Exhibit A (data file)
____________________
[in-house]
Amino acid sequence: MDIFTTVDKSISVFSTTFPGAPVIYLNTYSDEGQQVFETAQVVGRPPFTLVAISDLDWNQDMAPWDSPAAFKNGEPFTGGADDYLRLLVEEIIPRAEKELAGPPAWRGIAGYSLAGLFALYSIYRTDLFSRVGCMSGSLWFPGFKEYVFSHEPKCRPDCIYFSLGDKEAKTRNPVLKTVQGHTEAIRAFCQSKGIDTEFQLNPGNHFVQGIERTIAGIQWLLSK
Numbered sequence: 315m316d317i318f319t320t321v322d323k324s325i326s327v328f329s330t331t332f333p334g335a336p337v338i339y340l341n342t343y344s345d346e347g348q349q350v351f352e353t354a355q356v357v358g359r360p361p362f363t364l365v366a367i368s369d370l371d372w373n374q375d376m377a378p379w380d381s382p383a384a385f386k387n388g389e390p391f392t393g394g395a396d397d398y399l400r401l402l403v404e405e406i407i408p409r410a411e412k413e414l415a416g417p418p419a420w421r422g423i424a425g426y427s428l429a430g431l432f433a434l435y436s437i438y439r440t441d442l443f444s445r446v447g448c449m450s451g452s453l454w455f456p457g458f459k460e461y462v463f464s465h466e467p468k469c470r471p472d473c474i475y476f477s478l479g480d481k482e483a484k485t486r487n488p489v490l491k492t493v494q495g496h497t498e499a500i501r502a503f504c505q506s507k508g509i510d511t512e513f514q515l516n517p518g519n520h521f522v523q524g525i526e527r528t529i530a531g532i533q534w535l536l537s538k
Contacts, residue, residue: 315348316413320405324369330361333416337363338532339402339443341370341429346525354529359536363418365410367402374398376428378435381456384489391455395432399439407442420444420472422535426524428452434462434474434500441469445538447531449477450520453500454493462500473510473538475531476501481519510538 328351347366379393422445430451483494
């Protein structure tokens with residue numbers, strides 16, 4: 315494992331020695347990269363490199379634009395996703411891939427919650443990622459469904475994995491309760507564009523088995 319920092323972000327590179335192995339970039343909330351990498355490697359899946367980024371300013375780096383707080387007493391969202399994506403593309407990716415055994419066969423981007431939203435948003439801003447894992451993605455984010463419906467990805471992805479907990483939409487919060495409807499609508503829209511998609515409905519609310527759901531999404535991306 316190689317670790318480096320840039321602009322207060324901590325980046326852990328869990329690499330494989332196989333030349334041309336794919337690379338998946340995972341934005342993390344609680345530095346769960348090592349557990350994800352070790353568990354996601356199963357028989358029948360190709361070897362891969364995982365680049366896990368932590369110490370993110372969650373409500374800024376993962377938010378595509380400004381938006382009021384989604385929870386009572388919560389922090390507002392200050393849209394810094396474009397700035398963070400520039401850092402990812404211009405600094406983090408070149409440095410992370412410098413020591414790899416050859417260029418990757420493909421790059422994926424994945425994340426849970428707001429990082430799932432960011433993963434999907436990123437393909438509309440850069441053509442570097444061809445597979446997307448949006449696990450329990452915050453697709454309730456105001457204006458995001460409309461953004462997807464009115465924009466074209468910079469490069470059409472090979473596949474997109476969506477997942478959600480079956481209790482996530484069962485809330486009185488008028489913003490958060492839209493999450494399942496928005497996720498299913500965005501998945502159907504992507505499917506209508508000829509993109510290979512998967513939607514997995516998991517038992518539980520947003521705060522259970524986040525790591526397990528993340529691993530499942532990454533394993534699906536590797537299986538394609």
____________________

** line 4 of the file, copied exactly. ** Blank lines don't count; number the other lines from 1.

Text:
Contacts, residue, residue: 315348316413320405324369330361333416337363338532339402339443341370341429346525354529359536363418365410367402374398376428378435381456384489391455395432399439407442420444420472422535426524428452434462434474434500441469445538447531449477450520453500454493462500473510473538475531476501481519510538 328351347366379393422445430451483494